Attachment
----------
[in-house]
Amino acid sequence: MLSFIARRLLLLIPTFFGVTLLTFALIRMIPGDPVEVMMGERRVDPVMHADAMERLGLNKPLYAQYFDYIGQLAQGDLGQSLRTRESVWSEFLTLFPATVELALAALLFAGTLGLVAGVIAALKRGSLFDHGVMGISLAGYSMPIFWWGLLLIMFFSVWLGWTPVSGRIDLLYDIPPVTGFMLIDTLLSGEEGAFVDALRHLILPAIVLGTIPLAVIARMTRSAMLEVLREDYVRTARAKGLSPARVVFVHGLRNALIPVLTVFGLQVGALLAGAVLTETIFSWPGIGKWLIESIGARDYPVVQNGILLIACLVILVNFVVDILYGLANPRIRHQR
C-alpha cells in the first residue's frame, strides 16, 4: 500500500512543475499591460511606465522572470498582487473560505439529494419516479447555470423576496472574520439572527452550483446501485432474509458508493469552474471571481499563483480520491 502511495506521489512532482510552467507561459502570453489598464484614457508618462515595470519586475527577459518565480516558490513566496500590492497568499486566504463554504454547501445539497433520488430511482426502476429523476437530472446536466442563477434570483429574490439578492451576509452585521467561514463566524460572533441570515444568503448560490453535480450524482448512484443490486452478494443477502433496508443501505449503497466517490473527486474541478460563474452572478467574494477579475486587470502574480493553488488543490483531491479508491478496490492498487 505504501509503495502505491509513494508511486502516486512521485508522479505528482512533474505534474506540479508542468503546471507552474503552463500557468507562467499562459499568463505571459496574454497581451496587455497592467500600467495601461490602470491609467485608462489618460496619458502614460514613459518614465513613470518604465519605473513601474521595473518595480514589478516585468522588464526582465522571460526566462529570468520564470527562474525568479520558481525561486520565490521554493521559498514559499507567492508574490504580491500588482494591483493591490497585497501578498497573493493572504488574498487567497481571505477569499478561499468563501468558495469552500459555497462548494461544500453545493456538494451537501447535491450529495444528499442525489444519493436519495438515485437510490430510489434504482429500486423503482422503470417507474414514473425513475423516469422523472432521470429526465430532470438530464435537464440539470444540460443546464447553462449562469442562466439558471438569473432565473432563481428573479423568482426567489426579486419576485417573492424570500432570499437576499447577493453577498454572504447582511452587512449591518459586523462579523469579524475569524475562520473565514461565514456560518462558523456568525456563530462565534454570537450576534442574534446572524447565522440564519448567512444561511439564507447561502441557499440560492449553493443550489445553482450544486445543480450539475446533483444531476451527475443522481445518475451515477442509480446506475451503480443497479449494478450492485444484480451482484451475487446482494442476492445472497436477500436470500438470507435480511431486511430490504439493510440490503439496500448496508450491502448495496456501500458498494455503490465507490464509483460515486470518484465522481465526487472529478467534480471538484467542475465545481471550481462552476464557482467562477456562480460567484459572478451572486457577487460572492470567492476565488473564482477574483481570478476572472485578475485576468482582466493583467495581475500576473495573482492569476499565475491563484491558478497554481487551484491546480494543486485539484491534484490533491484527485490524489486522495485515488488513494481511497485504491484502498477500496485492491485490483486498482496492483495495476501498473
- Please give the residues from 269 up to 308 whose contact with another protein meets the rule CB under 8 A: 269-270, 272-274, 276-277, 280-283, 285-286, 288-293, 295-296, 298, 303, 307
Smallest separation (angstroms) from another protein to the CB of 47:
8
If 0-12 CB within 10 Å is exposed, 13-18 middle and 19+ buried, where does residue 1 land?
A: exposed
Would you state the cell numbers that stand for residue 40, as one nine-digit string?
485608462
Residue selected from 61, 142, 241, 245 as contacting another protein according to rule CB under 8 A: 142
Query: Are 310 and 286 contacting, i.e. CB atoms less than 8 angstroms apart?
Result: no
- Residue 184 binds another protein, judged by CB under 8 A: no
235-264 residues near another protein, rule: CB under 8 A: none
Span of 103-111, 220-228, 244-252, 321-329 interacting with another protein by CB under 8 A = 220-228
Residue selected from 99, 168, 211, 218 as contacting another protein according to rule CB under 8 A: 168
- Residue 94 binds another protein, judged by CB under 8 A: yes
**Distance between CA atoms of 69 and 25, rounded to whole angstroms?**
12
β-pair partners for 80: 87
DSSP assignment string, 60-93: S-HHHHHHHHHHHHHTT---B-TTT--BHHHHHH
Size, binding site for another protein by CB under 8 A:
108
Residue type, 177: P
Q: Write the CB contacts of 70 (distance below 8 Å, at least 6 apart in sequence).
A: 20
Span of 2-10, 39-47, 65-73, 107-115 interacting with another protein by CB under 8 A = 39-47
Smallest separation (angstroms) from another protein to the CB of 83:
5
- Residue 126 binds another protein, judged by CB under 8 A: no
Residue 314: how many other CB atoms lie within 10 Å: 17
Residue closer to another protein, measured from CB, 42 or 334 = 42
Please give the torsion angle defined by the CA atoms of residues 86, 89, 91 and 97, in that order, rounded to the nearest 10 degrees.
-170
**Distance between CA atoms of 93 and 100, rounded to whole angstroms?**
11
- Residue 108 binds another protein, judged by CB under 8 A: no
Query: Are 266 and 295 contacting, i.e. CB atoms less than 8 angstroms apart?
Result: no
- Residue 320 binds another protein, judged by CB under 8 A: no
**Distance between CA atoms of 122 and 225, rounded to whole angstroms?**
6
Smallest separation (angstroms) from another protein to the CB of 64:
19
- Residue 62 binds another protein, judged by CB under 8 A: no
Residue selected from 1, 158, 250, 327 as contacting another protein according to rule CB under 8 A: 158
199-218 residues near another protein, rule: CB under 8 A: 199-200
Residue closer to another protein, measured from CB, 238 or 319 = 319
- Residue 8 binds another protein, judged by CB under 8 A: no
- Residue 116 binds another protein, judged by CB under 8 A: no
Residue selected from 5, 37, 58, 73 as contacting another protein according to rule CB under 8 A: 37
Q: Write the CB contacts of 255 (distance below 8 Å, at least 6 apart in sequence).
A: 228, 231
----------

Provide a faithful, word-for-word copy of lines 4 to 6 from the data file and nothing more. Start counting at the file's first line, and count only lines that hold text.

- Please give the residues from 269 up to 308 whose contact with another protein meets the rule CB under 8 A: 269-270, 272-274, 276-277, 280-283, 285-286, 288-293, 295-296, 298, 303, 307
Smallest separation (angstroms) from another protein to the CB of 47:
8